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Integration won’t solve all financial woes, says new ADASS chief

Ray JamesThe future of health and social care has to combine “integration” with a “sustainable financial” settlement for both, the new president of the Association of Directors of Adult Social Service has said.

In his inaugural speech at the ADASS spring seminar, Ray James (pictured) said that in order to create a system which “protects, aligns and re-designs” then central government ensure that social care funding is protected and aligned with the NHS. 

He has said that closer health and care integration is central to the solution, “but I’m disappointed when people talk about its being the answer to all the financial challenges. 

“Integration is clearly going to be an important theme, and the NHS England Five Year Forward View is most welcome: it’s great Simon Stevens and his leadership team are openly inviting people from social care to join them in helping to plan and shape and organise things for the future.” 

James, the director of health, housing and adult social care at Enfield Council, added that further steps are needed to help create a new and better system.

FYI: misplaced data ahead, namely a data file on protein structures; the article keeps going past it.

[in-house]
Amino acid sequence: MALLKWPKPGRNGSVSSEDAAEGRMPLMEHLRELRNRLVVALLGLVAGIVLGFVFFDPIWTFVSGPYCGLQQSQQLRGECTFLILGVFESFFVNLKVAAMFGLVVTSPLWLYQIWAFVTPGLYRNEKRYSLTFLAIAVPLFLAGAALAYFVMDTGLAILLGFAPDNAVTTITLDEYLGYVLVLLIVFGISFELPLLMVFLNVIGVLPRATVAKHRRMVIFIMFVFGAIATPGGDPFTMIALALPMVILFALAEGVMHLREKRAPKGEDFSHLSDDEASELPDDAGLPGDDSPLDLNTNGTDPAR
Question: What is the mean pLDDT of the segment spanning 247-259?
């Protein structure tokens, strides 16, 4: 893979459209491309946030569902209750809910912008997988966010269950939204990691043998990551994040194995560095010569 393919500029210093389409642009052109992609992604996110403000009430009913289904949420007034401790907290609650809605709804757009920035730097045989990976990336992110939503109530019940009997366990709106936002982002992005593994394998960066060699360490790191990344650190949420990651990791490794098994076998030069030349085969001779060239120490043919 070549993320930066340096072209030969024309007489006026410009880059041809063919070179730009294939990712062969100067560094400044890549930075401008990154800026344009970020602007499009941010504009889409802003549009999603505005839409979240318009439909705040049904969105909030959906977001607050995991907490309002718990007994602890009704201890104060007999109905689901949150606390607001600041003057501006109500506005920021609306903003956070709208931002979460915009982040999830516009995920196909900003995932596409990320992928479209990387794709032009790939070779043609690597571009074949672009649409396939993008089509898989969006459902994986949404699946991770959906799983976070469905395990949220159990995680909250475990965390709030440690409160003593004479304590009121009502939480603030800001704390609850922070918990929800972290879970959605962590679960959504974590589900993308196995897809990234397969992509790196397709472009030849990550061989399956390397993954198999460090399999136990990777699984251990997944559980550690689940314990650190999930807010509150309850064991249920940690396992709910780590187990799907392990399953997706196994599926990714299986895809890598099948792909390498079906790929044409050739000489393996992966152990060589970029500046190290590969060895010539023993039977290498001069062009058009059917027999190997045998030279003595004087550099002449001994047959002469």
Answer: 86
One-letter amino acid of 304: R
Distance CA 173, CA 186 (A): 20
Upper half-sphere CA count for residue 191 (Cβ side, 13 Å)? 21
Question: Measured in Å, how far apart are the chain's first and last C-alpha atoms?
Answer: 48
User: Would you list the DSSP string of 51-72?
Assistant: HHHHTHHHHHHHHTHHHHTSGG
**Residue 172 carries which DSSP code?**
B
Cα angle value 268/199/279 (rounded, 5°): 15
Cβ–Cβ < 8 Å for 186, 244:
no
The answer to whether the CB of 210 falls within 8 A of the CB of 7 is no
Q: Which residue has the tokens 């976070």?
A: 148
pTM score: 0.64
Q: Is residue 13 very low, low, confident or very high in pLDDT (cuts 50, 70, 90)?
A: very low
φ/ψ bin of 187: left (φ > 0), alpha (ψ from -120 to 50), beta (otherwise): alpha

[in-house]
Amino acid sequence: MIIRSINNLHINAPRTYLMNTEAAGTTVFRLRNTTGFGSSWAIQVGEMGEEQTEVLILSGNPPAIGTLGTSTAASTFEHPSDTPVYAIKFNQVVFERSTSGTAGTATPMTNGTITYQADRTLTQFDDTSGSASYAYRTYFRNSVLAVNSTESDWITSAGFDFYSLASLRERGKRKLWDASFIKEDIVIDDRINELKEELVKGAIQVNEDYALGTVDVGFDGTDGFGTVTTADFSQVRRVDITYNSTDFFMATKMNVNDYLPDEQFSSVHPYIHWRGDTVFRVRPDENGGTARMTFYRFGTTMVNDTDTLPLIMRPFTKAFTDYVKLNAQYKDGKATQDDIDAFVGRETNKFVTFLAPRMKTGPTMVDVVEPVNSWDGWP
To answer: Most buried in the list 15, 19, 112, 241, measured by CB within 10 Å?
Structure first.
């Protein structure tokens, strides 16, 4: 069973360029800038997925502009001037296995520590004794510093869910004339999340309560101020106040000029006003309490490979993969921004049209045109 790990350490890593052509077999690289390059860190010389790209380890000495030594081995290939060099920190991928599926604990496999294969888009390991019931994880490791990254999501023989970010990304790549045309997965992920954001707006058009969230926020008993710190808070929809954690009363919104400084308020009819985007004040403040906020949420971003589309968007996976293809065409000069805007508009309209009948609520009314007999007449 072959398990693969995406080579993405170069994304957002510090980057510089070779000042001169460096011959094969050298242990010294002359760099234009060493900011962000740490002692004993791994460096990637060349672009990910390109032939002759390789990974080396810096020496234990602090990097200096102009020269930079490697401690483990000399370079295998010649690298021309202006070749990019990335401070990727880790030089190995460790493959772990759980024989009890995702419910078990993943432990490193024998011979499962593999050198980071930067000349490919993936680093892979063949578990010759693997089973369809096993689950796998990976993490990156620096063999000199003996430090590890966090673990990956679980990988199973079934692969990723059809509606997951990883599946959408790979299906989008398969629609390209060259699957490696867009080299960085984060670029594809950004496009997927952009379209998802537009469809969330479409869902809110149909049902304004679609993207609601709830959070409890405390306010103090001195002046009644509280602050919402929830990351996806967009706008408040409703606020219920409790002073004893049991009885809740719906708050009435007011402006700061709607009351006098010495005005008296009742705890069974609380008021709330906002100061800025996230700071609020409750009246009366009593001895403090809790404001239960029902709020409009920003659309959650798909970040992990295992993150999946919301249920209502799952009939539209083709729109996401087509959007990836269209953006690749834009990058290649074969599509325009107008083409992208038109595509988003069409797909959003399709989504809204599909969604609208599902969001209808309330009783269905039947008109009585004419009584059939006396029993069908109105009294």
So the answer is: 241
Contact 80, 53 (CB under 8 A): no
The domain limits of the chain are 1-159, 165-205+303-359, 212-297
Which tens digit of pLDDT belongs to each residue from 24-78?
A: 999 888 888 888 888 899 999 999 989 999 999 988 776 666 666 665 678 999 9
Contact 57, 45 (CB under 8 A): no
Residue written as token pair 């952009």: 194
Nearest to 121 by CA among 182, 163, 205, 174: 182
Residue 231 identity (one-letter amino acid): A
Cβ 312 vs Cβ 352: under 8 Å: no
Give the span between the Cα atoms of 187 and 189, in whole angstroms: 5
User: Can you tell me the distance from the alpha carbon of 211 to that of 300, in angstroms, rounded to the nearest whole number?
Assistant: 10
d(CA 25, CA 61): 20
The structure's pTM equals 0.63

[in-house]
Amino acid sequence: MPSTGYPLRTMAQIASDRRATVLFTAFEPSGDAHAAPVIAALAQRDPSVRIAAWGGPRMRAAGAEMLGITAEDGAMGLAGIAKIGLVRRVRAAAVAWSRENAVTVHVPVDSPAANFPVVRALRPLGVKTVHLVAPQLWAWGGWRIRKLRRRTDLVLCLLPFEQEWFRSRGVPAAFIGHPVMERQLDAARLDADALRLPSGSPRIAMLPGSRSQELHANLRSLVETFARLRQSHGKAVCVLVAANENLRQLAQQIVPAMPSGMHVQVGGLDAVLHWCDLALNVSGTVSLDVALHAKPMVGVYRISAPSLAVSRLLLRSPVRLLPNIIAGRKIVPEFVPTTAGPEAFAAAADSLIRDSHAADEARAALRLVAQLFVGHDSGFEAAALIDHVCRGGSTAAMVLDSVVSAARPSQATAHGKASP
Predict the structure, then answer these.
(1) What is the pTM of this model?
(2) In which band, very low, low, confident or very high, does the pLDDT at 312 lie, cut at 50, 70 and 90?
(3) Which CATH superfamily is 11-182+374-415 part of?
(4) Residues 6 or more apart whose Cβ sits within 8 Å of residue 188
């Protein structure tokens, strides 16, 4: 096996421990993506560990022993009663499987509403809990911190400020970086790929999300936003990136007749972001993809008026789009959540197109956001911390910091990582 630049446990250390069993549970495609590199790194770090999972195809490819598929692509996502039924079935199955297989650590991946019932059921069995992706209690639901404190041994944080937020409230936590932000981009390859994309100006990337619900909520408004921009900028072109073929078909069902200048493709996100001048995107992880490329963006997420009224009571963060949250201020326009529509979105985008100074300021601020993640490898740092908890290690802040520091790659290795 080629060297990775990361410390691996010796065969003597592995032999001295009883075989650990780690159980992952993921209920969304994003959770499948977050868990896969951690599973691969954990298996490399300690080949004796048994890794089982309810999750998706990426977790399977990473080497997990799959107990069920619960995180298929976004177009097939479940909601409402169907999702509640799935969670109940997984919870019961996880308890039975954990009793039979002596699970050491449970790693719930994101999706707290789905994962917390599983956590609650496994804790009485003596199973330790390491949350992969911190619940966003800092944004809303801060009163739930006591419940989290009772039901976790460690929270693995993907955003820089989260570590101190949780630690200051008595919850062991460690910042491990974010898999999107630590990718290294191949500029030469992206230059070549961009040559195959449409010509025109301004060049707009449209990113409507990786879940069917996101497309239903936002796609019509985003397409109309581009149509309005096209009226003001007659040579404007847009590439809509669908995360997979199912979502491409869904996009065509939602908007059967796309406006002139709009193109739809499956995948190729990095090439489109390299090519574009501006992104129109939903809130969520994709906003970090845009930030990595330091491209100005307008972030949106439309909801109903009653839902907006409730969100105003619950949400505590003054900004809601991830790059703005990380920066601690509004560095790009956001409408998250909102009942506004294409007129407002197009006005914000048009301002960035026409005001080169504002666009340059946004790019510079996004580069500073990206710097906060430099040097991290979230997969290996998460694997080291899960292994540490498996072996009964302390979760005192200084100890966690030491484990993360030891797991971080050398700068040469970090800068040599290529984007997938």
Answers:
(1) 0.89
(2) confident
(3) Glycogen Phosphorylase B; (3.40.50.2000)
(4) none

He also wants to see a strengthening in local accountability and innovation by developing local Health and Wellbeing Boards as the “places where partners bring together and lead commissioning, market shaping, resource allocation, and service delivery”. 

With regards to service delivery and the workforce, he said: “Nothing, but nothing determines the quality of a citizen’s experience of social care more than the dignity and respect they are afforded by the social care workers who are allowed to enter their homes and lives. 

“That workforce deserves to be trained, valued and paid in a way consistent with the quality of service we rightly expect of them.” 

He has called for a “crucial debate” to be conducted on issues such as paying a living wage. During his presidency he has said there needs to be a strategic approach to workforce supply to improve recruitment and retention.  

“I have a profound belief in the underpinning principles and values of public service and very much of the view that we must continue to look forward, strive to reform not retrench, and ensure citizens are central to shaping the future of such services,” he concluded. 

James succeeds David Pearson, corporate director of adult social care, health and public protection at Nottinghamshire County Council, who discussed with PSE the need for achieving a better-paid, better-trained social care workforce during his term as president. 

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